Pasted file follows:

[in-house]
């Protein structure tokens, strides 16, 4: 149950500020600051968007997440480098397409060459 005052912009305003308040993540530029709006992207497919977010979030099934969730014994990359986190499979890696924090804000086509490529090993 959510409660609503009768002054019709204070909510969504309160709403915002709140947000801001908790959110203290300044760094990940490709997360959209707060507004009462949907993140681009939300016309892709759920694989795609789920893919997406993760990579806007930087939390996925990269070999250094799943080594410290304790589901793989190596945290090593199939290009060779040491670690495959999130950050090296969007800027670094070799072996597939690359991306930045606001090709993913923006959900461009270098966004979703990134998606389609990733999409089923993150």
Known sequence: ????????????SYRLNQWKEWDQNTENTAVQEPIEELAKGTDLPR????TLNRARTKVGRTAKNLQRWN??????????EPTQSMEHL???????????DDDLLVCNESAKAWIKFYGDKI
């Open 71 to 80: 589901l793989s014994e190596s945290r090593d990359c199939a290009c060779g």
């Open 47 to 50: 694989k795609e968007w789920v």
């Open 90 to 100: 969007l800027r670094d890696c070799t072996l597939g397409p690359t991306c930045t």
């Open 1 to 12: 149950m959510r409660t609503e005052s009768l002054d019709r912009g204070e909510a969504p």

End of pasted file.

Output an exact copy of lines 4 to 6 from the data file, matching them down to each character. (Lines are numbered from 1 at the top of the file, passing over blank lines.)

């Open 71 to 80: 589901l793989s014994e190596s945290r090593d990359c199939a290009c060779g």
């Open 47 to 50: 694989k795609e968007w789920v």
């Open 90 to 100: 969007l800027r670094d890696c070799t072996l597939g397409p690359t991306c930045t």